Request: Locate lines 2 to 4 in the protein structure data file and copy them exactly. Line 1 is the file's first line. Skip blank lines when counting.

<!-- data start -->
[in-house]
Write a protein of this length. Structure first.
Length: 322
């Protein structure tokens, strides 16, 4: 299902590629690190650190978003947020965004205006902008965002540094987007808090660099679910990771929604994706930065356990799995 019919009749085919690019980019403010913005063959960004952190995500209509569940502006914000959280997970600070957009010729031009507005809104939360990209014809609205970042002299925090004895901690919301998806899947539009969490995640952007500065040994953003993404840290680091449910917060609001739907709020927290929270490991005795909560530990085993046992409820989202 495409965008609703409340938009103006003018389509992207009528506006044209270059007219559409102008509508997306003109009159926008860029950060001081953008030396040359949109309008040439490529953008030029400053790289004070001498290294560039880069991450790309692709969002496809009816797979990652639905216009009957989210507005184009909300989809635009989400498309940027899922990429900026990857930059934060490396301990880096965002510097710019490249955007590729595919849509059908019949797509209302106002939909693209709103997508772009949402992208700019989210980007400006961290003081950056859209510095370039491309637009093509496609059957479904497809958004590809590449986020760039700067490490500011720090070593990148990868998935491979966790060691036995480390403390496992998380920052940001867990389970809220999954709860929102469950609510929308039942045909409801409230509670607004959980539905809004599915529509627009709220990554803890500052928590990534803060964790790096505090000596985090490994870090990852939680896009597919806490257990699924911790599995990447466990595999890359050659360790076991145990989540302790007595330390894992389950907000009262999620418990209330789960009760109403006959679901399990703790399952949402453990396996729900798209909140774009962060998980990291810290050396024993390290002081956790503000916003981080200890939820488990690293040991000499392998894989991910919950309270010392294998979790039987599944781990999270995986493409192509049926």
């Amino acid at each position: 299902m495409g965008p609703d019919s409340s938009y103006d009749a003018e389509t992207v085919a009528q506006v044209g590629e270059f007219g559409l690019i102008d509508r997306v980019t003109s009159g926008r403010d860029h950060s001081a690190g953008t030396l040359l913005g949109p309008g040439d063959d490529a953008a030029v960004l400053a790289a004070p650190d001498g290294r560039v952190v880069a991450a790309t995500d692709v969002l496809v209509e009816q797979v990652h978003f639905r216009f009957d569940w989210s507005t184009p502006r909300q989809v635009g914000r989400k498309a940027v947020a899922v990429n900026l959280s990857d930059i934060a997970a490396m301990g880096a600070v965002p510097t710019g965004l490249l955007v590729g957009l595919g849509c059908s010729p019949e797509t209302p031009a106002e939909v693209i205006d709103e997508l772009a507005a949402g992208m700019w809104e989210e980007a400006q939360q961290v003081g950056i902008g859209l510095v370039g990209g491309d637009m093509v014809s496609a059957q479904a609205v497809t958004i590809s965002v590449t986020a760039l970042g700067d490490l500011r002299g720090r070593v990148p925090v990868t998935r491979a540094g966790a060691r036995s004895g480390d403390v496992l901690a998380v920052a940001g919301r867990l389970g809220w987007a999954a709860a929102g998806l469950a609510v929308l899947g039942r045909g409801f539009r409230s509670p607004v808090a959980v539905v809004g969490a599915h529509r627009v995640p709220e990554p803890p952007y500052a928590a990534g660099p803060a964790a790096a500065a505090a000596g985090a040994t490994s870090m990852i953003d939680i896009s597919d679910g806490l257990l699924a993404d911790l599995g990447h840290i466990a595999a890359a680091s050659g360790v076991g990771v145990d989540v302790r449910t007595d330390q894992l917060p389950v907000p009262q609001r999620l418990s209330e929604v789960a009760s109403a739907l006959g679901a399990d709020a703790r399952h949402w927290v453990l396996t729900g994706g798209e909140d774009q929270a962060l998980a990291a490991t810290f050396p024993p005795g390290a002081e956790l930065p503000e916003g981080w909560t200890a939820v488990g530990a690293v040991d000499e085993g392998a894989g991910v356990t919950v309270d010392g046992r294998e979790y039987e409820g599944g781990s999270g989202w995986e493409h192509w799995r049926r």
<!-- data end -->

Write a protein of this length. Structure first.
Length: 322
């Protein structure tokens, strides 16, 4: 299902590629690190650190978003947020965004205006902008965002540094987007808090660099679910990771929604994706930065356990799995 019919009749085919690019980019403010913005063959960004952190995500209509569940502006914000959280997970600070957009010729031009507005809104939360990209014809609205970042002299925090004895901690919301998806899947539009969490995640952007500065040994953003993404840290680091449910917060609001739907709020927290929270490991005795909560530990085993046992409820989202 495409965008609703409340938009103006003018389509992207009528506006044209270059007219559409102008509508997306003109009159926008860029950060001081953008030396040359949109309008040439490529953008030029400053790289004070001498290294560039880069991450790309692709969002496809009816797979990652639905216009009957989210507005184009909300989809635009989400498309940027899922990429900026990857930059934060490396301990880096965002510097710019490249955007590729595919849509059908019949797509209302106002939909693209709103997508772009949402992208700019989210980007400006961290003081950056859209510095370039491309637009093509496609059957479904497809958004590809590449986020760039700067490490500011720090070593990148990868998935491979966790060691036995480390403390496992998380920052940001867990389970809220999954709860929102469950609510929308039942045909409801409230509670607004959980539905809004599915529509627009709220990554803890500052928590990534803060964790790096505090000596985090490994870090990852939680896009597919806490257990699924911790599995990447466990595999890359050659360790076991145990989540302790007595330390894992389950907000009262999620418990209330789960009760109403006959679901399990703790399952949402453990396996729900798209909140774009962060998980990291810290050396024993390290002081956790503000916003981080200890939820488990690293040991000499392998894989991910919950309270010392294998979790039987599944781990999270995986493409192509049926």